It may be considered that neurones innervating OHCs in the apical region, which provide two times more synaptic contacts to OHCs than basally localised neurones of this type (Rubel and Fritzsch, 2002), are possibly Nt3-dependent, type I sensory neurones (Ernfors et al., 1995) sending out collaterals to the OHCs. As such, it has been suggested that initially individual ganglion cells innervate both IHCs and OHCs during development (Echteler, 1992; Pujol et al., 1998). In the mammalian cochlea, an extensive process of afferent and efferent fibre reorganisation takes place during the first and second postnatal week (Wiechers et al., 1999). Therefore, the possibility of an early innervation of OHCs by type I neurones, and a Bdnf-dependent phenotypic switch of type I to type II neurones in more basal and less apical turns during postnatal development, should be further investigated. Finally, as shown previously in Nt3 mutants (Fritzsch et al., 1997b; Coppola et al., 2001), tangential extensions of fibres running underneath the cochlea may also contribute to the innervation patterns observed.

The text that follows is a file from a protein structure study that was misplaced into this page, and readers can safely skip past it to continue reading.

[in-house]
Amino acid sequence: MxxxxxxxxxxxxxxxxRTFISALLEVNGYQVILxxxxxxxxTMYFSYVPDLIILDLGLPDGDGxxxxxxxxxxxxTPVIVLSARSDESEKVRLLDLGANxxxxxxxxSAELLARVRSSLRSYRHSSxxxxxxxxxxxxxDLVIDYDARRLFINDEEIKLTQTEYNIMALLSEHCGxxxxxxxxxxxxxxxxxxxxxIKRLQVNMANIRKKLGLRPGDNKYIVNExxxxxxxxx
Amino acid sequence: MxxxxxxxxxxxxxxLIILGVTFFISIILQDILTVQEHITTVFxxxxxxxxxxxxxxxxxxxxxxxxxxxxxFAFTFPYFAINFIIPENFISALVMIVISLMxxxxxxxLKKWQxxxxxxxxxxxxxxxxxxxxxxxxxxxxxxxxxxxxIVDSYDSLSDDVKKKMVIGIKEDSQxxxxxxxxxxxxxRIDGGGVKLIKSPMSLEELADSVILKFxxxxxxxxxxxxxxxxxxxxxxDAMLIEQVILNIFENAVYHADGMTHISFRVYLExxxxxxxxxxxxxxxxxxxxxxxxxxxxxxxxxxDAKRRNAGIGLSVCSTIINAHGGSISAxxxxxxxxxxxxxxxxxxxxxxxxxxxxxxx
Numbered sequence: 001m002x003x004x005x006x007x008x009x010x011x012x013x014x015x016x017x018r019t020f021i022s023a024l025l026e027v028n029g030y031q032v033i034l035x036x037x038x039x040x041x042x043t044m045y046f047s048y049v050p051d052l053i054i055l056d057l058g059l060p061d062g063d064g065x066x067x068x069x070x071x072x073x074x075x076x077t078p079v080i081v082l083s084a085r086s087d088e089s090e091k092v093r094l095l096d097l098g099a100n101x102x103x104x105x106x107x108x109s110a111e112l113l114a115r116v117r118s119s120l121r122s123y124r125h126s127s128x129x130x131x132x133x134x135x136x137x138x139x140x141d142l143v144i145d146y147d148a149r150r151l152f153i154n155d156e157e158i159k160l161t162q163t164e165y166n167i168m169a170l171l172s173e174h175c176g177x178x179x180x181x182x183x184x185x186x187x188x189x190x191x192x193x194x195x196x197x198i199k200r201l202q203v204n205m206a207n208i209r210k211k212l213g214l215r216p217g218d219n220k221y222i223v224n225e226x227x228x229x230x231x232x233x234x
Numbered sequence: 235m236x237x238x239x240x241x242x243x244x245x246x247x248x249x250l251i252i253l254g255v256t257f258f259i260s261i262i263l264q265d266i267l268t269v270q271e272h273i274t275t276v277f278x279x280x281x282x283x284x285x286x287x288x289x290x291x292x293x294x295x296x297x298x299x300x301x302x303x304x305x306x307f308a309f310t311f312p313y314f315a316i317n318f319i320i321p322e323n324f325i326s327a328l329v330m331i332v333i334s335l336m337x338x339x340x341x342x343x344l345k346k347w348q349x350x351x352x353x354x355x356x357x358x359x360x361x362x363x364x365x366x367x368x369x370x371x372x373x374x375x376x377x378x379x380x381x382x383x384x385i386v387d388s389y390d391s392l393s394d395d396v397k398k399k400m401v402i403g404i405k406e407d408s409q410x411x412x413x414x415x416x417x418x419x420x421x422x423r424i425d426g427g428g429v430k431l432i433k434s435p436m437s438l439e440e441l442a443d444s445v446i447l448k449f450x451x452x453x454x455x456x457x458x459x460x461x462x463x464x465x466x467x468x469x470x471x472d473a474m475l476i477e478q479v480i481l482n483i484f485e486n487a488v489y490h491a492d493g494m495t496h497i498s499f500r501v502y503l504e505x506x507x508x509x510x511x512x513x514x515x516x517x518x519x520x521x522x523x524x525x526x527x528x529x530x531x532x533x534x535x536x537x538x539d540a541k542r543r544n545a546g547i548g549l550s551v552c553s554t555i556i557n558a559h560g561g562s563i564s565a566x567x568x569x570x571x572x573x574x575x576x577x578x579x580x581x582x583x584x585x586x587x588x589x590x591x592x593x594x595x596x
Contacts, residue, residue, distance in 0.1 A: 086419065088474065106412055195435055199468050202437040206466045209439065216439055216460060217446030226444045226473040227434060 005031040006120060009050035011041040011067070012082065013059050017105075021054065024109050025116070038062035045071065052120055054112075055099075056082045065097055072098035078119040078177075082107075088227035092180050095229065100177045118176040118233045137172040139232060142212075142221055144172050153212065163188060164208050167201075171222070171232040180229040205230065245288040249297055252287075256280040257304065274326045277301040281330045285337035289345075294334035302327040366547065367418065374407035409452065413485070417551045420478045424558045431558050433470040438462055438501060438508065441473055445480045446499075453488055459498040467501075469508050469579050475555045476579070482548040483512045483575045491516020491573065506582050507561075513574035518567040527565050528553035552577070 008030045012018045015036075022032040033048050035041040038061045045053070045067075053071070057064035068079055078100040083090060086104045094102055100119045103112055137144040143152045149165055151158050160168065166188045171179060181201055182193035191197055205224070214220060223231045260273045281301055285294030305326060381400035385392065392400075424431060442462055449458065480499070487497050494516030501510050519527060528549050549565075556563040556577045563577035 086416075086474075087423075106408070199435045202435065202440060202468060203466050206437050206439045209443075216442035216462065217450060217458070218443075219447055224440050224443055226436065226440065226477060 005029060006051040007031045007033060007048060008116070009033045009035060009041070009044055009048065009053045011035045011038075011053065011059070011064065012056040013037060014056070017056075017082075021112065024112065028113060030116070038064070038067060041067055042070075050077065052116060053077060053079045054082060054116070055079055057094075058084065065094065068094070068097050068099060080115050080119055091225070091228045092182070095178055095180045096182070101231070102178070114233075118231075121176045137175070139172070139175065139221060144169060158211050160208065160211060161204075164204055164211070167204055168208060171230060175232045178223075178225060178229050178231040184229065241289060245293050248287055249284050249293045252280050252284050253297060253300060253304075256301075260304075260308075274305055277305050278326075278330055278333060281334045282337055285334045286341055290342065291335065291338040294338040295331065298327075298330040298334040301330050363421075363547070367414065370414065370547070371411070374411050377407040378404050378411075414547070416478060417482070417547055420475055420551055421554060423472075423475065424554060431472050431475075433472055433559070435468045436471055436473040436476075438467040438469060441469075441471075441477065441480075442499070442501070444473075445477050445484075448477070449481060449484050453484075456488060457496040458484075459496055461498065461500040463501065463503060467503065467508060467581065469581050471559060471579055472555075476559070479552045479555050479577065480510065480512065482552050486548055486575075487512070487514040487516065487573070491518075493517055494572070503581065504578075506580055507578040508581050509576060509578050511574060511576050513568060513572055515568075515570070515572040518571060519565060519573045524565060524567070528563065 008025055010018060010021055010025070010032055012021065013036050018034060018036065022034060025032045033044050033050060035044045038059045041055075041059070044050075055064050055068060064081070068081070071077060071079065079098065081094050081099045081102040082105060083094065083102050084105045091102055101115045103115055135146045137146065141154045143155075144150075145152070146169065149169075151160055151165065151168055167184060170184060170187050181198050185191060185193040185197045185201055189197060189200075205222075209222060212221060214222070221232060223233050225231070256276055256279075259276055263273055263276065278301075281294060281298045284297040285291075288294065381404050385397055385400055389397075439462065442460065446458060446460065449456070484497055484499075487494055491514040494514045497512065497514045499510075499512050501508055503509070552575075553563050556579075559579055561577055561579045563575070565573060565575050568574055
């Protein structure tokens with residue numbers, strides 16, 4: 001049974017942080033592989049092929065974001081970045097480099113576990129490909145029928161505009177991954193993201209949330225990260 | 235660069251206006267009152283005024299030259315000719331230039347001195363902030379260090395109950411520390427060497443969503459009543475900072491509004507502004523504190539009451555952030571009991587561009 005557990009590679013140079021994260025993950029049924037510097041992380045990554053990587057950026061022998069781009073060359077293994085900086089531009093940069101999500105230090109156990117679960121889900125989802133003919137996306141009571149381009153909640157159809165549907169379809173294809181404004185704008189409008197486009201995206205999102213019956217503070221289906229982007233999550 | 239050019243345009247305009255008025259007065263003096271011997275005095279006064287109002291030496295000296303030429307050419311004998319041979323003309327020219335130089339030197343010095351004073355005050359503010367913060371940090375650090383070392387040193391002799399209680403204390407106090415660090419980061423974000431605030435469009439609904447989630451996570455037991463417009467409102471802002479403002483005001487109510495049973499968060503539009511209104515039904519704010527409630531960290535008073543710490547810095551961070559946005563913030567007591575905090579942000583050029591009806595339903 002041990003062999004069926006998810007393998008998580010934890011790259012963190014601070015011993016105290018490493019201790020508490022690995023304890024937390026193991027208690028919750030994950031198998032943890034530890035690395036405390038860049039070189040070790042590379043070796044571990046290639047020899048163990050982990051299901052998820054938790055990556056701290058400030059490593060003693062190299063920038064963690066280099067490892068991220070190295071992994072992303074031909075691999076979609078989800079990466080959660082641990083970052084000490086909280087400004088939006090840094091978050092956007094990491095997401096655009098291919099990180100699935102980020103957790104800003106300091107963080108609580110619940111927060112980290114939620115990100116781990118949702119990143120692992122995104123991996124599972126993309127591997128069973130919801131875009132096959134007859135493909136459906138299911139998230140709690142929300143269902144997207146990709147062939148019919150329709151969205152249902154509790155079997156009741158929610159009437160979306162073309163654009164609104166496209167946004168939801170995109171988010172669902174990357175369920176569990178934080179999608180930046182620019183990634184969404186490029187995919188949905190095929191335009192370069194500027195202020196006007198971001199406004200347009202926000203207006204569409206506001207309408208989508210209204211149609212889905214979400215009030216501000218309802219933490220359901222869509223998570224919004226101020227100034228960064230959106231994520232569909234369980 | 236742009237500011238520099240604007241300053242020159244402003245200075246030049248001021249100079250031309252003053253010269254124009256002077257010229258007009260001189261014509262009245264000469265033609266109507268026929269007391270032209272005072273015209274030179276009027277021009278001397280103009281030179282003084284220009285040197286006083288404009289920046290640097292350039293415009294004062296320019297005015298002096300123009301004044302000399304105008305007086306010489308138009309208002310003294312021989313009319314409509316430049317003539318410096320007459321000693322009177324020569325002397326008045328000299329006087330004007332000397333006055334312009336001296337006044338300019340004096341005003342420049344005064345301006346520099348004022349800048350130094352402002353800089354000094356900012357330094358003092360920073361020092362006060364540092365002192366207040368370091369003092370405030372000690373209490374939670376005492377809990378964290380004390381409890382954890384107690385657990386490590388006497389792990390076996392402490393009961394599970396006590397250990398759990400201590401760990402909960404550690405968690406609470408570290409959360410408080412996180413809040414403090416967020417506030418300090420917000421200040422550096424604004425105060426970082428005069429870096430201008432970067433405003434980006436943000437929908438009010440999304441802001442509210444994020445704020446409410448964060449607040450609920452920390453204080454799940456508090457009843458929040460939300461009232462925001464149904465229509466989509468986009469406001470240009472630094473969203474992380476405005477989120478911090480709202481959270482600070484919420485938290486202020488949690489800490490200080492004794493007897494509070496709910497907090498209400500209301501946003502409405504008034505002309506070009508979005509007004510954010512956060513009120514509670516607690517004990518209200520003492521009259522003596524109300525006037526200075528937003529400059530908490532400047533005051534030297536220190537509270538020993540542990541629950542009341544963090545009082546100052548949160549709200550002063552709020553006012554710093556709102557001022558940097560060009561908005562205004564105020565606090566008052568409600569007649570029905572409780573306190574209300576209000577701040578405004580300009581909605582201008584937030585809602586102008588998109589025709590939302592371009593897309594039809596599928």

The relevance of the neuronal expression of Bdnf described in the present article is also highlighted by recent results on the electrophysiological behaviour of postnatal cochlear neurones (Adamson et al., 2002). In these experiments it was shown that exposure to Bdnf caused all neurones, regardless of their original cochlear position, to display characteristics of the basal neurones. Conversely, Nt3 caused all neurones to show the properties of apical-cochlear neurones. These data fit perfectly with the opposing basal-to-apical gradients of Bdnf and Nt3 expression observed in the postnatal cochlea in the present study.
Defects in efferent innervation and hearing loss